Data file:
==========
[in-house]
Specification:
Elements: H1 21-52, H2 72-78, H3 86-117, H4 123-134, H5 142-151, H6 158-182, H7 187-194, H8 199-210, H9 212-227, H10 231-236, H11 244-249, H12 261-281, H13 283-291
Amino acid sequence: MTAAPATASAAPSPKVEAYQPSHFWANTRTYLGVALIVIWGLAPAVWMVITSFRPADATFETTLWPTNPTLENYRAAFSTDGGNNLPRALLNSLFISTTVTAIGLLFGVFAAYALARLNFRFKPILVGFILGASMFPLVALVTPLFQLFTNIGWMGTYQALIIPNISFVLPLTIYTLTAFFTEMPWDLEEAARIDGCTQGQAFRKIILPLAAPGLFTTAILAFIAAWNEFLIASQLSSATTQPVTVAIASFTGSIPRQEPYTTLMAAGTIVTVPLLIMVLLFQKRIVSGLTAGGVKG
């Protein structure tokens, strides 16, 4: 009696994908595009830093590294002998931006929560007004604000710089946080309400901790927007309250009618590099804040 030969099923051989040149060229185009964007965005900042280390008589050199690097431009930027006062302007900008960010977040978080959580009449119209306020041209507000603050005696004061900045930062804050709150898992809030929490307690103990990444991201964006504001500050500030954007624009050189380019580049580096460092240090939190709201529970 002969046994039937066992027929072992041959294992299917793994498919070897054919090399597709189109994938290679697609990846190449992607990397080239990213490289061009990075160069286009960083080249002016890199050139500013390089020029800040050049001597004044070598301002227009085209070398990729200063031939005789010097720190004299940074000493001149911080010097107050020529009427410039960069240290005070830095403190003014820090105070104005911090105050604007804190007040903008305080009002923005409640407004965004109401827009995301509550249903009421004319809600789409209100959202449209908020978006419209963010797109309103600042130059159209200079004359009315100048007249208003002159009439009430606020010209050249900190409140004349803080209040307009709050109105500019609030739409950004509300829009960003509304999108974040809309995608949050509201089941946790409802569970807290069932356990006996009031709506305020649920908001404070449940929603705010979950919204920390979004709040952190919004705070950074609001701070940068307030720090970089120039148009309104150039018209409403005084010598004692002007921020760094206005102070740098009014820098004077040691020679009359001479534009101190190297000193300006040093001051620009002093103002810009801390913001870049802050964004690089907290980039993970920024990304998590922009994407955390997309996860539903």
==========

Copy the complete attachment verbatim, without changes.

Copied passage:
[in-house]
Specification:
Elements: H1 21-52, H2 72-78, H3 86-117, H4 123-134, H5 142-151, H6 158-182, H7 187-194, H8 199-210, H9 212-227, H10 231-236, H11 244-249, H12 261-281, H13 283-291
Amino acid sequence: MTAAPATASAAPSPKVEAYQPSHFWANTRTYLGVALIVIWGLAPAVWMVITSFRPADATFETTLWPTNPTLENYRAAFSTDGGNNLPRALLNSLFISTTVTAIGLLFGVFAAYALARLNFRFKPILVGFILGASMFPLVALVTPLFQLFTNIGWMGTYQALIIPNISFVLPLTIYTLTAFFTEMPWDLEEAARIDGCTQGQAFRKIILPLAAPGLFTTAILAFIAAWNEFLIASQLSSATTQPVTVAIASFTGSIPRQEPYTTLMAAGTIVTVPLLIMVLLFQKRIVSGLTAGGVKG
């Protein structure tokens, strides 16, 4: 009696994908595009830093590294002998931006929560007004604000710089946080309400901790927007309250009618590099804040 030969099923051989040149060229185009964007965005900042280390008589050199690097431009930027006062302007900008960010977040978080959580009449119209306020041209507000603050005696004061900045930062804050709150898992809030929490307690103990990444991201964006504001500050500030954007624009050189380019580049580096460092240090939190709201529970 002969046994039937066992027929072992041959294992299917793994498919070897054919090399597709189109994938290679697609990846190449992607990397080239990213490289061009990075160069286009960083080249002016890199050139500013390089020029800040050049001597004044070598301002227009085209070398990729200063031939005789010097720190004299940074000493001149911080010097107050020529009427410039960069240290005070830095403190003014820090105070104005911090105050604007804190007040903008305080009002923005409640407004965004109401827009995301509550249903009421004319809600789409209100959202449209908020978006419209963010797109309103600042130059159209200079004359009315100048007249208003002159009439009430606020010209050249900190409140004349803080209040307009709050109105500019609030739409950004509300829009960003509304999108974040809309995608949050509201089941946790409802569970807290069932356990006996009031709506305020649920908001404070449940929603705010979950919204920390979004709040952190919004705070950074609001701070940068307030720090970089120039148009309104150039018209409403005084010598004692002007921020760094206005102070740098009014820098004077040691020679009359001479534009101190190297000193300006040093001051620009002093103002810009801390913001870049802050964004690089907290980039993970920024990304998590922009994407955390997309996860539903």